Stretching myself is also good for my soul. Anytime I start thinking I’m pretty hot stuff, I just look at my fiction, and it knocks me down a peg or two. Humility is one of those virtues that only seems to come the hard way. When a piece of steel gets heated up, it turns a bright cherry red and glows proudly, but that’s the point at which the blacksmith dunks it into the water and returns it to its true color — a dull gray. It may seem cruel, but it’s the only way to temper the metal.
 

Be Specialized, But Not Petrified

 
Even when I stay in the nonfiction realm, I find that there are particular genres that I am less experienced at, and so it is helpful for me to delve into those areas once in a while, as a change of pace. Many of us get into a particular specialization in our writing, and that is a fine approach. But by all means, do something outside your expertise occasionally. Are you good at devotionals? Try your hand at a how-to article. Do you specialize in biographies? How about writing a Bible study?
 
It may also reveal a hidden talent for a certain type of writing that you never realized you had. Joy Jacobs was a devotional writer with a very poetic style. But she was also a counselor, with a strong burden for the problems of single women. Her publisher encouraged her to team up with an editor, Deborah Strubel, to write /Single, Whole and Holy/, a Christian living book that had a profound ministry in the lives of many women. And all because she dared to try something different.
 
So go ahead — stretch yourself. Step out in faith and let God teach you something new!

Never Give Up!

Writers and Illustrators belong to the Odd Duck Society

By
Fran Fernandez

 
 
When you’ve sent your manuscript the rounds and received rejection after rejection, don’t give up. Check it again, tighten it up, and then see if, perhaps, there’s another slant you could give for a different market.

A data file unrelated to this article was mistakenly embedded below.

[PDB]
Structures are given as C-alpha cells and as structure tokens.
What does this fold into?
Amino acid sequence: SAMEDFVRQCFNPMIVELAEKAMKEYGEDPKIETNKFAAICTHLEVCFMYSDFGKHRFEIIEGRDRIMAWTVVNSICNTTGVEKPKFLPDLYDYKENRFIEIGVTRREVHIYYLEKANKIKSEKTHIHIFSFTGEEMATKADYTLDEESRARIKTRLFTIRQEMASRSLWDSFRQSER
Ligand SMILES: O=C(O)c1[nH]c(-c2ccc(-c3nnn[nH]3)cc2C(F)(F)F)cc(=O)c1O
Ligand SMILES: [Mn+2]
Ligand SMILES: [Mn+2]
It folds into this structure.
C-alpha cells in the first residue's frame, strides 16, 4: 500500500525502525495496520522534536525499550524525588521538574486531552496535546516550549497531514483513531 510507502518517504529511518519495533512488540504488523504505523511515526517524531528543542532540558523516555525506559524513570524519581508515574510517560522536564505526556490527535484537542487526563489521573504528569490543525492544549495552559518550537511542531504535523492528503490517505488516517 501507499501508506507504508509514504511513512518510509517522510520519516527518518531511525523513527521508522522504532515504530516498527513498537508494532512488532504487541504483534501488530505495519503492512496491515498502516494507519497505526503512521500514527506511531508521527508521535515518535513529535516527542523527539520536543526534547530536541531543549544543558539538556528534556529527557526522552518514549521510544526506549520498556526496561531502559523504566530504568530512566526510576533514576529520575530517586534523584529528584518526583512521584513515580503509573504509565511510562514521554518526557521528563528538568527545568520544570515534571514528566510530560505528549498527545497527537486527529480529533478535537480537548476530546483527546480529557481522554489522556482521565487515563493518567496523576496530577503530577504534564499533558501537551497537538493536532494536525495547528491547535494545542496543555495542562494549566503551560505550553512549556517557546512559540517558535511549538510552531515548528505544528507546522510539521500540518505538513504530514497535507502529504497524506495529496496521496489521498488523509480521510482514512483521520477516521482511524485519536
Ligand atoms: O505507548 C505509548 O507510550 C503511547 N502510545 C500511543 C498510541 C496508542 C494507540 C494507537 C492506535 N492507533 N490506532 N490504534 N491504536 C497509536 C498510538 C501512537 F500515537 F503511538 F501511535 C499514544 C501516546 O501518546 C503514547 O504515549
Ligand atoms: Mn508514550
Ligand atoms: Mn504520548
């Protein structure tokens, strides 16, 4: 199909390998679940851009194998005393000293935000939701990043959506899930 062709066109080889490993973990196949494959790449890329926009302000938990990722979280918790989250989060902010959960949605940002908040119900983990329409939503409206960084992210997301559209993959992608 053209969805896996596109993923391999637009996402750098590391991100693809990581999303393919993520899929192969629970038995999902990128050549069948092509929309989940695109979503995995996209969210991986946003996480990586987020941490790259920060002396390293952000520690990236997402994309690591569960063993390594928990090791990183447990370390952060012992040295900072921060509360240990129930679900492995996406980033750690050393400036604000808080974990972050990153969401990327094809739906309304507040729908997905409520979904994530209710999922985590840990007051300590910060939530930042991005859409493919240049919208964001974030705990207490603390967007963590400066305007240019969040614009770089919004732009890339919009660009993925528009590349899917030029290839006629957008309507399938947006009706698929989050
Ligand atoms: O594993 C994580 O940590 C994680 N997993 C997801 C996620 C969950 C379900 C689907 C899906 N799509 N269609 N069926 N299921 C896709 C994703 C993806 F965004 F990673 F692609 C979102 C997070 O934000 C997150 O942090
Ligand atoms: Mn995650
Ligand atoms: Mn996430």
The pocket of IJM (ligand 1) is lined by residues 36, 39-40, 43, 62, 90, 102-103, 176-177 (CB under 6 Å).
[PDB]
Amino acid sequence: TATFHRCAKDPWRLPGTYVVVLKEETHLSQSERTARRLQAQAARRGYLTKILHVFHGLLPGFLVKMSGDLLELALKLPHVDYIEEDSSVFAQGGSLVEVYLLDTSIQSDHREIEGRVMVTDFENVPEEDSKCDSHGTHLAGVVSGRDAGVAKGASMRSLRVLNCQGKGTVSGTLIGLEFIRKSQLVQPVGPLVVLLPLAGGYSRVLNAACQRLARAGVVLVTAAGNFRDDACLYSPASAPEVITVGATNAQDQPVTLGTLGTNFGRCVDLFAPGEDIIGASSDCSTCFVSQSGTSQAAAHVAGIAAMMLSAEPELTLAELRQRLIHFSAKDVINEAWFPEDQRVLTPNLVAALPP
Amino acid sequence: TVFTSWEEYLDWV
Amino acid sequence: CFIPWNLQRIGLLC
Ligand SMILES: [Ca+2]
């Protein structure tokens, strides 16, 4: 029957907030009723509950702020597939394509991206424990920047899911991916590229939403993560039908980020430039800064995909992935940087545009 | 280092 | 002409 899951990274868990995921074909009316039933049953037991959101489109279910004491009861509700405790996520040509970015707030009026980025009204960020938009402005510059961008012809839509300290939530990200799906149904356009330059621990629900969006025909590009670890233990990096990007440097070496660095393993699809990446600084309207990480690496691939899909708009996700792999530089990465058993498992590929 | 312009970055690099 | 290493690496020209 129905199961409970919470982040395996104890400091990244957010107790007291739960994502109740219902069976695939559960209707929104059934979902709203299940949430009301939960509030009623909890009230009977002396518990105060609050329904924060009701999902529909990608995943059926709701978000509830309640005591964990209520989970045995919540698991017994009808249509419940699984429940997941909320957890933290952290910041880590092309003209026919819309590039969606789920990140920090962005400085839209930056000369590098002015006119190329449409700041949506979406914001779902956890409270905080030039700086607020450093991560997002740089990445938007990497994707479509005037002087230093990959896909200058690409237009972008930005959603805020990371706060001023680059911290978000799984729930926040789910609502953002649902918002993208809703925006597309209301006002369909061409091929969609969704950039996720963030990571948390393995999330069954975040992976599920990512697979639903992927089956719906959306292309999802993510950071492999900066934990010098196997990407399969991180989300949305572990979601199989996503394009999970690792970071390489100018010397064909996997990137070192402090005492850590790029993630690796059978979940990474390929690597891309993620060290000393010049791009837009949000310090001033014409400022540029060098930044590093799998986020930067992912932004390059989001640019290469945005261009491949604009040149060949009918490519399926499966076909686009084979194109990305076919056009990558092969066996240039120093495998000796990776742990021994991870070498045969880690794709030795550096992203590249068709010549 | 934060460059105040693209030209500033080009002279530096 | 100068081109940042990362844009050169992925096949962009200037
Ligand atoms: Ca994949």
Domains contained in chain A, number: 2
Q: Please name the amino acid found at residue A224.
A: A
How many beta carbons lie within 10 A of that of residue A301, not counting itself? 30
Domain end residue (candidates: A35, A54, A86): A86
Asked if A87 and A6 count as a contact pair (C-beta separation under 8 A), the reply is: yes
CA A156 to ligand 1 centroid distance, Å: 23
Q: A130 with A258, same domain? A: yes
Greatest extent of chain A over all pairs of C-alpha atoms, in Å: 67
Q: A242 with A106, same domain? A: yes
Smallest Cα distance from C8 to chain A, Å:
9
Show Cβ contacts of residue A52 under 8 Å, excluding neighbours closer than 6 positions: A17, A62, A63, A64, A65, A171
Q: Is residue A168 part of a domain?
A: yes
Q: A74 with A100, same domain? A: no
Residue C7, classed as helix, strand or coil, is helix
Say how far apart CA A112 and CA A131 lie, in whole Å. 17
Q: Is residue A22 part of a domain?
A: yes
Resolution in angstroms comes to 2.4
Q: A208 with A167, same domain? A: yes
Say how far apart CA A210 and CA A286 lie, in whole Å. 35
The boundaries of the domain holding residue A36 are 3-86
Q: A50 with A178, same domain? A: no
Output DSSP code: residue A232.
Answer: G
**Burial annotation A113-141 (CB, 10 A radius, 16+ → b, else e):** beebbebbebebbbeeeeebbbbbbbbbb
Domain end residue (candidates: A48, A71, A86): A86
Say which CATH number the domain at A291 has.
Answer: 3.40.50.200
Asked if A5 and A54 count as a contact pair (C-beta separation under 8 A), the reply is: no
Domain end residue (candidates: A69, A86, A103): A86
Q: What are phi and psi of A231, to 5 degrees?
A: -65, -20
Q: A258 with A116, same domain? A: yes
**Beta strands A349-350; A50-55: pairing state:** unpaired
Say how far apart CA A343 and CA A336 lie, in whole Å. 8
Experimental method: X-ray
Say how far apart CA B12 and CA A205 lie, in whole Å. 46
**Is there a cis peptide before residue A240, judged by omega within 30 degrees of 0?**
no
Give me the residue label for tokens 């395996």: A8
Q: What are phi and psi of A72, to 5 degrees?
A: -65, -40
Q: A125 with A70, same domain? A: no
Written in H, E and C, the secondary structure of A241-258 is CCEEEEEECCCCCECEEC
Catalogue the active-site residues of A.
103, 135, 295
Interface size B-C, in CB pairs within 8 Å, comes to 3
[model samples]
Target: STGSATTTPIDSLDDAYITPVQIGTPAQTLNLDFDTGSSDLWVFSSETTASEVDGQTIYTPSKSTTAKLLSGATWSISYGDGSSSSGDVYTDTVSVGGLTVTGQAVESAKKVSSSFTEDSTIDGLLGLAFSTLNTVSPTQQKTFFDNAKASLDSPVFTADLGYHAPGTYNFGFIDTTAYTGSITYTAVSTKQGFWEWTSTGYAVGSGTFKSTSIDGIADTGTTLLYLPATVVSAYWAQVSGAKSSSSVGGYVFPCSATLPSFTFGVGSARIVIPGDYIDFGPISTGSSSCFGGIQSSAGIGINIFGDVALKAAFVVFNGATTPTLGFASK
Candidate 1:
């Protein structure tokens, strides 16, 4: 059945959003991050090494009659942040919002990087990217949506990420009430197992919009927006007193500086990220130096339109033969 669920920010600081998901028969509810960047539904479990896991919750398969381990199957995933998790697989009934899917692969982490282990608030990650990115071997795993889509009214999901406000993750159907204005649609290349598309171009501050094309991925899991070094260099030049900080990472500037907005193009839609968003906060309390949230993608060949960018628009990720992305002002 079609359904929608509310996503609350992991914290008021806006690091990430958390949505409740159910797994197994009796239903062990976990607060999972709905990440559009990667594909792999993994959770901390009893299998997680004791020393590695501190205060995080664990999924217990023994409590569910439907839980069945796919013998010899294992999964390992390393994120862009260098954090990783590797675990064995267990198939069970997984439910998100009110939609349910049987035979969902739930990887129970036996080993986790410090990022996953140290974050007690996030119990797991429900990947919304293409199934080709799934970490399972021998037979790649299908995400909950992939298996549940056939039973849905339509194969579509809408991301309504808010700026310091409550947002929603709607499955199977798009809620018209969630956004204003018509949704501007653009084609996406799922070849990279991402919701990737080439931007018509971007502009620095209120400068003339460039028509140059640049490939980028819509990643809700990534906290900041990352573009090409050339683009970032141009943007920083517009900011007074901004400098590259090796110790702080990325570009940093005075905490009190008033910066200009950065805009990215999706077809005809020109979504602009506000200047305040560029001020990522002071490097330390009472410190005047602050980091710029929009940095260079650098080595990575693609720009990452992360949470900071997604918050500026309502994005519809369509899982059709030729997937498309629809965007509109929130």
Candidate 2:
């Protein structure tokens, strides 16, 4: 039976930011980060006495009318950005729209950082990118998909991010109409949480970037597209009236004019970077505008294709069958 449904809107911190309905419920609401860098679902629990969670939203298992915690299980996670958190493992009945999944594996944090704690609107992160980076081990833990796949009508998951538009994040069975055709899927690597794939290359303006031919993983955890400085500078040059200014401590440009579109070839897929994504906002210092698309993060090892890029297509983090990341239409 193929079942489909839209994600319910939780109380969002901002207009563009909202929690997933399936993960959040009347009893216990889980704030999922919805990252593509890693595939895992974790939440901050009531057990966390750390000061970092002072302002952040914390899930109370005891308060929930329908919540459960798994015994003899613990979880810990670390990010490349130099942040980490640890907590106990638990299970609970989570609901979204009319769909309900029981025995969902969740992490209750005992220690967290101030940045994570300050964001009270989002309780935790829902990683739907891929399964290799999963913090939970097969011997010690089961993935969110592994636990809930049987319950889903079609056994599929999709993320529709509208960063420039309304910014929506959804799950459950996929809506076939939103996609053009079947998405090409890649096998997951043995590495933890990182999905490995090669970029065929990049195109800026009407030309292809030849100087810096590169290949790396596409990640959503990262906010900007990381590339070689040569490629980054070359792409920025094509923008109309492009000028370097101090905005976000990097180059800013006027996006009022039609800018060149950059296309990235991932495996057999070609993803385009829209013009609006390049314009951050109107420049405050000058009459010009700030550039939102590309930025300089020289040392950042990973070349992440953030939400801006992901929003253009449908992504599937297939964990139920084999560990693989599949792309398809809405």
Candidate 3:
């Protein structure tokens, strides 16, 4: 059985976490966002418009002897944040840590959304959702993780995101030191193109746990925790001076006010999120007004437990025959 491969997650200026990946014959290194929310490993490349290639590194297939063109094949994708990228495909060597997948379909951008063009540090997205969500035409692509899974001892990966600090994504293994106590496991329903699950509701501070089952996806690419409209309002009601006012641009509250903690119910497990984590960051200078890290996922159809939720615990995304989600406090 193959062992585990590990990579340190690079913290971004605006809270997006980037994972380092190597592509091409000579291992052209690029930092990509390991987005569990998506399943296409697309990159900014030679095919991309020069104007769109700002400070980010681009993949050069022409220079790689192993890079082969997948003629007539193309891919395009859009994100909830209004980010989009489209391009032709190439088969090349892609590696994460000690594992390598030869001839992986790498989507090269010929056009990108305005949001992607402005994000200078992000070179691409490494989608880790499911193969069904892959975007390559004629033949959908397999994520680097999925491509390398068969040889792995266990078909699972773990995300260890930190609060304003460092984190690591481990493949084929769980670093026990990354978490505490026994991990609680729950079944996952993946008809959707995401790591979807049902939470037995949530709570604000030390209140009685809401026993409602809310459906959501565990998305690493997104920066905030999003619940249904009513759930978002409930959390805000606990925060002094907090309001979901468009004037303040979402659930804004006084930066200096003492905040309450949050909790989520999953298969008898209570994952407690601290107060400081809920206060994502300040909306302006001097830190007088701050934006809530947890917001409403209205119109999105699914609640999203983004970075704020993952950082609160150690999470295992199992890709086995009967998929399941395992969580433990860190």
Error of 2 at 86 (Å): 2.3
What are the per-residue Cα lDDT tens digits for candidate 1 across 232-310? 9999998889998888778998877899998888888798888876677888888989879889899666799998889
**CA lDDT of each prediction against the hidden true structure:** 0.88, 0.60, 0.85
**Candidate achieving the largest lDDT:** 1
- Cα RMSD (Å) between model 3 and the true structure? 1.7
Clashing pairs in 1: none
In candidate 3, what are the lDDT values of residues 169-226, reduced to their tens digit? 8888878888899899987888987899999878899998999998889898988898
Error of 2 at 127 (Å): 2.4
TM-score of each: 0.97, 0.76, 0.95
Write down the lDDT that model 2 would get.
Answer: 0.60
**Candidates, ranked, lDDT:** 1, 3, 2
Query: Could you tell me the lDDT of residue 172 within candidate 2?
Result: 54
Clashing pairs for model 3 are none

Rejection is always a good time to remember the famous words of Winston Churchill, “Never give in, never give in, never, never, never, never, in nothing, great or small, large or petty, never give in except to convictions of honor and good sense.”*
 
I had sent an essay around seventeen times—and received seventeen rejections. I think writer’s insanity hit, and I decided—one more time. I took out the fact that I was a mother with children (which didn’t change the point of the essay at all) and tightened it up some.
The incident about which the essay was written had happened on a college campus, so instead of sending it to another woman’s magazine (if there was another left), I sent it to a Christian singles magazine.
 
It sold!
 
Even Pearl Buck’s, The Good Earth, went around over thirty times until a publisher picked it up. It became a best seller, and now is a classic.
 
Bryan Davis, the bestselling author of the Dragon in Our Midst series was told time and again that Christian fantasy doesn’t, and won’t sell, and “No thank you, we are not interested.” At the Montrose Christian Writers Conference in July, he showed his audience a big folder stuffed with rejection slips, which Bryan viewed as proof that he was writing. But, Bryan never gave up. Because he didn’t give up, he not only got a contract, his books are selling great worldwide, and going strong. Did you get Bryan’s title – bestselling author? You don’t become a bestselling author by quitting.
 
If you believe in your manuscript—don’t give up.
 
My first book, The Best Is Yet To Come, was published 26 years after I started to write. And I now have four proposals making the rounds—and until there is no place left to send them—I’ll keep on keeping on. Each time one comes back, I make some changes and send it out again. I believe one day each one will find a home. Meanwhile I keep honing my craft.
 
Hey, when each manuscript gets published it will be that much the better for my having tweaked them after each rejection.
 
In His precious Word, God tells us, Let us not grow weary while doing good (as in to keep on writing and sending around no matter how many rejections you receive), for in due season we shall reap if we do not lose heart. (Galatians 6:9 NKJV)
 
It took from 1981 to 2007 until I got my first book contract and an agent. I now have in my hands a beautiful book and a wonderful agent. What if I had given up writing in March of 2007 and said, “Why bother?” What if I had decided not to go once again to Montrose? I would have missed what God had waiting for me, my Christmas in July that year.